The Ship Who Mourned (1966) chronicles Helva’s depression after the death of Jennan, and her unwilling partnership with Theoda, a physiotherapist tasked with combating another plague that has ravaged the planet Annigoni IV. The plague paralyzes its victims, locking them inside their bodies without any ability to communicate. Theoda is a survivor of the same plague that ravaged her home planet many years earlier, and during the course of investigating ways to help the victims, Helva learns that people can work through their sorrow and carry on in the face of adversity, relying on nothing more than hope.
In The Ship Who Killed (1966) Helva is paired with another female “Brawn”, Kira of Canopus, as they embark upon a mission to “re-seed” a planet whose population was sterilized by a radiation flare. Her hold filled with embryos stored in miles of tubing and tanks of fluid, their mission is to pick up many more from donated embryo banks and safely transport them to the afflicted populace. During the course of the mission, Helva and Kira become confidants, and she discovers in Kira’s own story of loss one that rivals her own. Coincidently, Kira also has a love of music, and they spend much of the voyage exploring their shared interest. The mission takes an odd turn when they receive an unexpected offer of embryos from a remote colony. Upon arrival, it rapidly becomes clear that things are not as they seem, and Helva finds herself fighting for the life of her friend and her cargo against a death cult with a familiar origin.
Dramatic Mission (1969) takes up the majority of the novel, detailing Helva’s time as part of a troupe of actors, (yep, that’s right) tasked with relating the concept of drama—in the form of enacting plays—in exchange for revolutionary technology from a newly contacted race of sentient beings on Beta Corvi VI. During the mission, Helva and company utilize a “psyche transfer” device to interact with the Corviki—themselves a race of sentient gas clouds. However, the transfer device has a limitation; the longer one uses it, the more tenuous their connection to their physical body. Helva is able to use the device too, experiencing a freedom of mobility and sensation for the first time, and also the temptation to stay, to be free of the confines of her starship. The secondary plot line involves the various personalities of the troupe and how they clash, culminating in a murderous incident.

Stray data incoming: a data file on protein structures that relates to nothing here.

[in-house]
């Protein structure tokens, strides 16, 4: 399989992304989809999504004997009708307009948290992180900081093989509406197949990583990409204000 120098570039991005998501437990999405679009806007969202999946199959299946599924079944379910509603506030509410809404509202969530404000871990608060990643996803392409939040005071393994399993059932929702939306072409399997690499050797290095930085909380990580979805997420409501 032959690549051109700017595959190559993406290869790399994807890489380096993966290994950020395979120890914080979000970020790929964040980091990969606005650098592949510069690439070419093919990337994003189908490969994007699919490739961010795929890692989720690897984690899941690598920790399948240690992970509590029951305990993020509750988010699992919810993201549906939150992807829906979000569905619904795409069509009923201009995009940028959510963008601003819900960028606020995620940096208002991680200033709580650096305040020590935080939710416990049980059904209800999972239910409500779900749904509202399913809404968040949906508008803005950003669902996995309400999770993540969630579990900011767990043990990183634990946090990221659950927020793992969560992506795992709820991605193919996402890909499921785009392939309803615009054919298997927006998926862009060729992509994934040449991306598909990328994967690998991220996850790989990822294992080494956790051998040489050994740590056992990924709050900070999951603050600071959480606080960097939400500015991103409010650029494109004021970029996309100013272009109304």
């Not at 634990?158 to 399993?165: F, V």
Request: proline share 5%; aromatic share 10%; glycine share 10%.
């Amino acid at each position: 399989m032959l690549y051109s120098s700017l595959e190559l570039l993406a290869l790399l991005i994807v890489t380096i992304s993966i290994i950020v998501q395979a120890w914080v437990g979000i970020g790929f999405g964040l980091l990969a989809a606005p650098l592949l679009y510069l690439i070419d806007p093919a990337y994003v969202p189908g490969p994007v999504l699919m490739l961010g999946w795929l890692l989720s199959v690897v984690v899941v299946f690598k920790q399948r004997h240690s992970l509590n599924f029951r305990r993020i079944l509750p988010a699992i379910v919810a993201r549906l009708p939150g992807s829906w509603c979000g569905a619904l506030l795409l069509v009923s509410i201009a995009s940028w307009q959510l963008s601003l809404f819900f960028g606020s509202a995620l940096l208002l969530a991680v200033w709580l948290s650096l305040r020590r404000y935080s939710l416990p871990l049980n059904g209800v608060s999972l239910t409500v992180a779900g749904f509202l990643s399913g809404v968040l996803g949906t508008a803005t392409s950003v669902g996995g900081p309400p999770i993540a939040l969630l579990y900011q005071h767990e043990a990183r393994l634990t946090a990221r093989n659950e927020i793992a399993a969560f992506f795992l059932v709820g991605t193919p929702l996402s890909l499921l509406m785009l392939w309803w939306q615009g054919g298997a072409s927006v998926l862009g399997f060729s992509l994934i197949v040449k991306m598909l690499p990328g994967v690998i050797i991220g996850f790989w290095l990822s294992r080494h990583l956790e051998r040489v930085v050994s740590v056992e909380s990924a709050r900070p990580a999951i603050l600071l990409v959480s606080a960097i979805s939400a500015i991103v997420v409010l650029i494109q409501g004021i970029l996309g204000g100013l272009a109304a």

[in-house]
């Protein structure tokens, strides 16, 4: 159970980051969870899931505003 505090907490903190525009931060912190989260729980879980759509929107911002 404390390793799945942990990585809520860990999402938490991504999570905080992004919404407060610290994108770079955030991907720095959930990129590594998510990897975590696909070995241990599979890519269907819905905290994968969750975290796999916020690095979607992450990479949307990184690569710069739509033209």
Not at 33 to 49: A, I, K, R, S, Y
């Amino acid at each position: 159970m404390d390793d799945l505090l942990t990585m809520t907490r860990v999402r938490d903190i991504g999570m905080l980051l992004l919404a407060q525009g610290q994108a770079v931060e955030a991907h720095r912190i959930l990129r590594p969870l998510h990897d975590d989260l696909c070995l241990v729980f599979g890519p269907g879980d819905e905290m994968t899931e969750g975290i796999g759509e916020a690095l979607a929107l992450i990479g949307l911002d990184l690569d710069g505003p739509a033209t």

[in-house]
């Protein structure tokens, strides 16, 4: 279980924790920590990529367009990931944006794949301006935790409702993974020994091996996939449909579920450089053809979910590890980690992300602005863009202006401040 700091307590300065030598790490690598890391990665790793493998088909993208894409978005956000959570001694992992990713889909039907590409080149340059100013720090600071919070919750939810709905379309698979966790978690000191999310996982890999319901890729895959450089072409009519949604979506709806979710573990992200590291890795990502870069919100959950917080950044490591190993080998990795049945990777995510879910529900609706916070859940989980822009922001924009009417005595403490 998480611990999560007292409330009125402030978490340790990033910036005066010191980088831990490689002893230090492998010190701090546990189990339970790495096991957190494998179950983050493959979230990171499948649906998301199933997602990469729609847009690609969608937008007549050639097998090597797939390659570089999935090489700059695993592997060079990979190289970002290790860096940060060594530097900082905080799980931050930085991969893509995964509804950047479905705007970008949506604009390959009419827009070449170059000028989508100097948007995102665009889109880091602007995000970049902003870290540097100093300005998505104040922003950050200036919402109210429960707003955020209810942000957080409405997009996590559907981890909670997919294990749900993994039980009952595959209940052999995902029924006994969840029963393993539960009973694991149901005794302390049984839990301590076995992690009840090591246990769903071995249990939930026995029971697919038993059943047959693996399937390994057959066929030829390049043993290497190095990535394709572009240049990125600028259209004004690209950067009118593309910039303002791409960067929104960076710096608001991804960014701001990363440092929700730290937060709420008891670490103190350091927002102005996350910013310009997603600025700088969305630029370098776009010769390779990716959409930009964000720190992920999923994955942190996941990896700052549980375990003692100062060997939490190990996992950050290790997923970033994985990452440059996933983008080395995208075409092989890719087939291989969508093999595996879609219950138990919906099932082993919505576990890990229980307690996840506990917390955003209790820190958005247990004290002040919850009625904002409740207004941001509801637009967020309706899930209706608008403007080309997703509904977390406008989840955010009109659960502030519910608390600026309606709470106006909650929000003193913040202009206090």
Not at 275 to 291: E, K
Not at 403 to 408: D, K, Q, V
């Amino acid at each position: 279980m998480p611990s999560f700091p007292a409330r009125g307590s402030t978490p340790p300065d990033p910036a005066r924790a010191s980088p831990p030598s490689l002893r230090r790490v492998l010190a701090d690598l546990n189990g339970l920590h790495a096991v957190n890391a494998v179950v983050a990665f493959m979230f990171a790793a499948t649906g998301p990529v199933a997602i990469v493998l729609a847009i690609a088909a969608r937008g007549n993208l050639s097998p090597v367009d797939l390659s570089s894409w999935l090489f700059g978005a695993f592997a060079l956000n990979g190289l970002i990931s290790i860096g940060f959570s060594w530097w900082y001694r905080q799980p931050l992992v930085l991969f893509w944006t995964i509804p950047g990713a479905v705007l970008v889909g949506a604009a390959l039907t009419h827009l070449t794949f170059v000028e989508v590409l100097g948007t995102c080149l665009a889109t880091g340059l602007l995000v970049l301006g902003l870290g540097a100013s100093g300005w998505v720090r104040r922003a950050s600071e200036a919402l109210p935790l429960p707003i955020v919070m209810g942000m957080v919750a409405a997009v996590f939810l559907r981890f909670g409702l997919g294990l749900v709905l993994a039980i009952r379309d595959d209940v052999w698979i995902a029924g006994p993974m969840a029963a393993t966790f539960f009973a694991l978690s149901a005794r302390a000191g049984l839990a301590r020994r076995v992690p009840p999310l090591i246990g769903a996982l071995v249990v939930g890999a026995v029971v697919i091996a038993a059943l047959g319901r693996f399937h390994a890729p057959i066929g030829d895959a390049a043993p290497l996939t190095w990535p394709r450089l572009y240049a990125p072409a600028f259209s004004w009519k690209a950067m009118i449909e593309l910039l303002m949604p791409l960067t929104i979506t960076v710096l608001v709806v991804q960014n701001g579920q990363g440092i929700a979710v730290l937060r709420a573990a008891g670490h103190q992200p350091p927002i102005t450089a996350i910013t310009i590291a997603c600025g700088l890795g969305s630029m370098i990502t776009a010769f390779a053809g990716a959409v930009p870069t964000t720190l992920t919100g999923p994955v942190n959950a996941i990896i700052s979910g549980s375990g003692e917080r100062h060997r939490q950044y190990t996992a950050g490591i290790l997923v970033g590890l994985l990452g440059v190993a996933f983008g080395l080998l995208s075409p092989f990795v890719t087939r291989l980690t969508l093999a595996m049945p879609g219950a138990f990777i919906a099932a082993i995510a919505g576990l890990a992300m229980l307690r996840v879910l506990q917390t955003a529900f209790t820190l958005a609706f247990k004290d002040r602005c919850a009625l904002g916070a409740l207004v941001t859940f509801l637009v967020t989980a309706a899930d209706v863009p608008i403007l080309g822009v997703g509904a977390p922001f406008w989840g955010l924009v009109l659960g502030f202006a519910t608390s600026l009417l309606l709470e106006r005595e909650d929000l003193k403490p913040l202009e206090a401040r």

In The Ship Who Dissembled (1969), Helva finds herself partnered with Teron, a Brawn who on paper seems perfect, but whose didactic nature and lack of intuition aggravates her to no end. She’s especially irritated because she was warned by Niall Parollan (the obnoxious section supervisor) that Teron would be a terrible fit. She’s just about ready to call it quits and take the monetary penalty required to have him reassigned when they’re tasked with delivering a precious cargo of rare drugs in an area where four brainships have recently gone missing. Soon, she and her officious Brawn solve the mystery of the missing brainships, albeit unintentionally, when they themselves are hijacked. Helva now finds herself disconnected from her ship with no external mobility whatsoever and must outwit these space pirates using only her extraordinary mind and her voice.
Finally, in The Partnered Ship (1969), Helva has paid off her debt to the Central Worlds Brain-Brawn Ship Service and is contemplating her future as a free agent. No longer limited to the pool of scouts provided by the service, she’s free to chart her own course, and free to choose whomever she wants to partner with. When she finally decides on a companion, it comes as a surprise to both her and her choice.